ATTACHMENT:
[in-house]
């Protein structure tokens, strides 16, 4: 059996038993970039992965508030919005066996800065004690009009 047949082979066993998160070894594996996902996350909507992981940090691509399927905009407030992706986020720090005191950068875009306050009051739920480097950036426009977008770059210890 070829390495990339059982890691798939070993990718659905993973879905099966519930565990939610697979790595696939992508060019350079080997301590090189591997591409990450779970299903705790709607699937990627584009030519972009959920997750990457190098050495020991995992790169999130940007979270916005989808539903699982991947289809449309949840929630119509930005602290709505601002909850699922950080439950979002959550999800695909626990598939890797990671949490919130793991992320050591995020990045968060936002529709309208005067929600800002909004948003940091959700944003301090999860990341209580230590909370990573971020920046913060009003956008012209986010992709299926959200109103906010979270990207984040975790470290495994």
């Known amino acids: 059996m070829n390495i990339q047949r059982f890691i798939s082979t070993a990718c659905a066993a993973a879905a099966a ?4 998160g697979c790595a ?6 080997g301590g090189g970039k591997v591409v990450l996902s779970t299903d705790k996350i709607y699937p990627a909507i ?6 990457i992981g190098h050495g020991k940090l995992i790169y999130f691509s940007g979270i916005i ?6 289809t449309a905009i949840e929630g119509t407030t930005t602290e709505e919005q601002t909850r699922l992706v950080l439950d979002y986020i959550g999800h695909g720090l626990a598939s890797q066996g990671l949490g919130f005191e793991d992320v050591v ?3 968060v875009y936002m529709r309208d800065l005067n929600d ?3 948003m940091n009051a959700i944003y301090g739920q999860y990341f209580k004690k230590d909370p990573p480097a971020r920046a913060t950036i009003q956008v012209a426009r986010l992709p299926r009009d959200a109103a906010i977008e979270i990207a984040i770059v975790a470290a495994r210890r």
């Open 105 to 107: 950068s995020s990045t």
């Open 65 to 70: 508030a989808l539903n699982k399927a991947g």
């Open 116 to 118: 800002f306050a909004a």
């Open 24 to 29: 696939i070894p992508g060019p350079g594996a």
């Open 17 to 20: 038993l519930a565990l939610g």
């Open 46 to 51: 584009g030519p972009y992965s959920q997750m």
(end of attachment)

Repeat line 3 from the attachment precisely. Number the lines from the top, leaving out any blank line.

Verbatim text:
């Known amino acids: 059996m070829n390495i990339q047949r059982f890691i798939s082979t070993a990718c659905a066993a993973a879905a099966a ?4 998160g697979c790595a ?6 080997g301590g090189g970039k591997v591409v990450l996902s779970t299903d705790k996350i709607y699937p990627a909507i ?6 990457i992981g190098h050495g020991k940090l995992i790169y999130f691509s940007g979270i916005i ?6 289809t449309a905009i949840e929630g119509t407030t930005t602290e709505e919005q601002t909850r699922l992706v950080l439950d979002y986020i959550g999800h695909g720090l626990a598939s890797q066996g990671l949490g919130f005191e793991d992320v050591v ?3 968060v875009y936002m529709r309208d800065l005067n929600d ?3 948003m940091n009051a959700i944003y301090g739920q999860y990341f209580k004690k230590d909370p990573p480097a971020r920046a913060t950036i009003q956008v012209a426009r986010l992709p299926r009009d959200a109103a906010i977008e979270i990207a984040i770059v975790a470290a495994r210890r």